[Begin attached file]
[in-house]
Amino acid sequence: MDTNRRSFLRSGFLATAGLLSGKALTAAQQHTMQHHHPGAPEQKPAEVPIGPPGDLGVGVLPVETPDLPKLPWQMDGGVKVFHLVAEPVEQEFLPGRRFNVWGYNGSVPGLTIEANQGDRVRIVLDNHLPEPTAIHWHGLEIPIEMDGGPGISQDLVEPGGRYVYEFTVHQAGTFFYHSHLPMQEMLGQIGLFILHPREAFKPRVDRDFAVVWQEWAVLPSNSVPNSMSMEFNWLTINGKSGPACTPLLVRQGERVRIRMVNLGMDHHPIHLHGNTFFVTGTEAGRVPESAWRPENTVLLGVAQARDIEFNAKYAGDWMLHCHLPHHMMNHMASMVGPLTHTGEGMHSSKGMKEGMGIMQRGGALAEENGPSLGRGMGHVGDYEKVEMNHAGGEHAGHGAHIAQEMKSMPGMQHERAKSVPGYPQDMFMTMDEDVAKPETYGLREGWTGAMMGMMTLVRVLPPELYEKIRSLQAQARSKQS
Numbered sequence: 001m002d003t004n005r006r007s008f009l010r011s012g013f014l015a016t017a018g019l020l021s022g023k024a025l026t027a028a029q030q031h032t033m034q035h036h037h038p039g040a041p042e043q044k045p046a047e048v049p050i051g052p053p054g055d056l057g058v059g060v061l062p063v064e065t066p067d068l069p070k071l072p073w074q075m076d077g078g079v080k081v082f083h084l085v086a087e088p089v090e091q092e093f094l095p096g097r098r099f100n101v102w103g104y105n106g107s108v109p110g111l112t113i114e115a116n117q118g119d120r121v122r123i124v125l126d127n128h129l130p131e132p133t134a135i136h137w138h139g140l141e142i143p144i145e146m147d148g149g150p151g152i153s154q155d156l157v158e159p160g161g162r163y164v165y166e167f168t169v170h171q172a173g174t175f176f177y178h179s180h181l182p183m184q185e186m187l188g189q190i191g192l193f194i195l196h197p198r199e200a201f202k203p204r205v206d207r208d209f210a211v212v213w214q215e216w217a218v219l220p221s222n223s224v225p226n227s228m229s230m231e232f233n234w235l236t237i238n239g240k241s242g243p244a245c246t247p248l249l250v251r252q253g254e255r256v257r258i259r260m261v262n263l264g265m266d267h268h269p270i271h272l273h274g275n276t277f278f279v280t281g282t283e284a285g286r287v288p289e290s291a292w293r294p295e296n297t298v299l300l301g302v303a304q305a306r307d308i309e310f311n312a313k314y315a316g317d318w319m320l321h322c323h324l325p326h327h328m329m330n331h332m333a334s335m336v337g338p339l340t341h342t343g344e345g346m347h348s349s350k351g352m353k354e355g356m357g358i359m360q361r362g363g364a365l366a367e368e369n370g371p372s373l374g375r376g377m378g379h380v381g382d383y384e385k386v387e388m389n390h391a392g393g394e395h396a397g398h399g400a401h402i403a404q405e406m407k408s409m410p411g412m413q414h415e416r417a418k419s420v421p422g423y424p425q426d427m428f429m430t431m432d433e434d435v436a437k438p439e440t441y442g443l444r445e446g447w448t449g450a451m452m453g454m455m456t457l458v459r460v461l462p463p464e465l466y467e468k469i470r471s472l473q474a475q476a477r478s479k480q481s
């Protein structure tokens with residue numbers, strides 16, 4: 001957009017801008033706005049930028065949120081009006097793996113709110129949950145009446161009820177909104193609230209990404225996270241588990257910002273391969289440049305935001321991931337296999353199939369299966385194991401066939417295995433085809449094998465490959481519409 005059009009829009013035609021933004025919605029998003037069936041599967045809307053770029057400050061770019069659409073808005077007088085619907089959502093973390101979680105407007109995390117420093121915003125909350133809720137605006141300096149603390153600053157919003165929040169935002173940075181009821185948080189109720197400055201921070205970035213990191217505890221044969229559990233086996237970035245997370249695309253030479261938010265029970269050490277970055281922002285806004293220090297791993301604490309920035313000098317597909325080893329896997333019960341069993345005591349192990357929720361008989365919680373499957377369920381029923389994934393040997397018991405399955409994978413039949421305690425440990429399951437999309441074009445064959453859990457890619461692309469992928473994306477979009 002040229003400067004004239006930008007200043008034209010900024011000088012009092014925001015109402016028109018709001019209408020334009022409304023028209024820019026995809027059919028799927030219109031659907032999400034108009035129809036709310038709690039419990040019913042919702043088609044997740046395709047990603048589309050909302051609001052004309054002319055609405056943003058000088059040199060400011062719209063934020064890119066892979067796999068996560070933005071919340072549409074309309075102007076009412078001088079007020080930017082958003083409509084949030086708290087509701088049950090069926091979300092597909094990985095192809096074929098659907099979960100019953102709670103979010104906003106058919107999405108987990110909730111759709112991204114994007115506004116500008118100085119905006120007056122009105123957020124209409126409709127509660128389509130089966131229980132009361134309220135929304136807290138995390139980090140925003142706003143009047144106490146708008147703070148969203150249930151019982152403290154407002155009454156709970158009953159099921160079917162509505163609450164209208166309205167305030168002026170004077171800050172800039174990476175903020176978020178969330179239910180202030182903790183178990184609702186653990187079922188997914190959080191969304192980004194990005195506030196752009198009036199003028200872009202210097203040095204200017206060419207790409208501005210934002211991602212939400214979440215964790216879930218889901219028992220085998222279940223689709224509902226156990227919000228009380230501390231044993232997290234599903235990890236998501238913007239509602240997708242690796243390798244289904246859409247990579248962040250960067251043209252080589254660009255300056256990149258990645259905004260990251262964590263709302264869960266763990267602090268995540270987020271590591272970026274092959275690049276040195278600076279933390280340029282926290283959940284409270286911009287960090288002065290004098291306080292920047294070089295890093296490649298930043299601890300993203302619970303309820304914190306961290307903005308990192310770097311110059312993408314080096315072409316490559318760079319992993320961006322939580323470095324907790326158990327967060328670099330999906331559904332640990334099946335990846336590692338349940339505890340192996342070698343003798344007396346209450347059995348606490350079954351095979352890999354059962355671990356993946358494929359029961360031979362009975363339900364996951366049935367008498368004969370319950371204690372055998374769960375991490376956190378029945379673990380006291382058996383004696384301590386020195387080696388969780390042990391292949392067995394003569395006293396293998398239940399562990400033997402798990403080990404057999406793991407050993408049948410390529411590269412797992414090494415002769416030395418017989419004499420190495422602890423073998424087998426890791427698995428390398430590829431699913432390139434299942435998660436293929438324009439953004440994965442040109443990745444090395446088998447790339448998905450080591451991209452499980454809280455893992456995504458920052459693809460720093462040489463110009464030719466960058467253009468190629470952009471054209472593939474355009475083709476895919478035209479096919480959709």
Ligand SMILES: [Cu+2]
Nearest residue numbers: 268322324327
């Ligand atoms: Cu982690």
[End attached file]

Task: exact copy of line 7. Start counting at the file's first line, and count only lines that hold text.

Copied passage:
């Ligand atoms: Cu982690």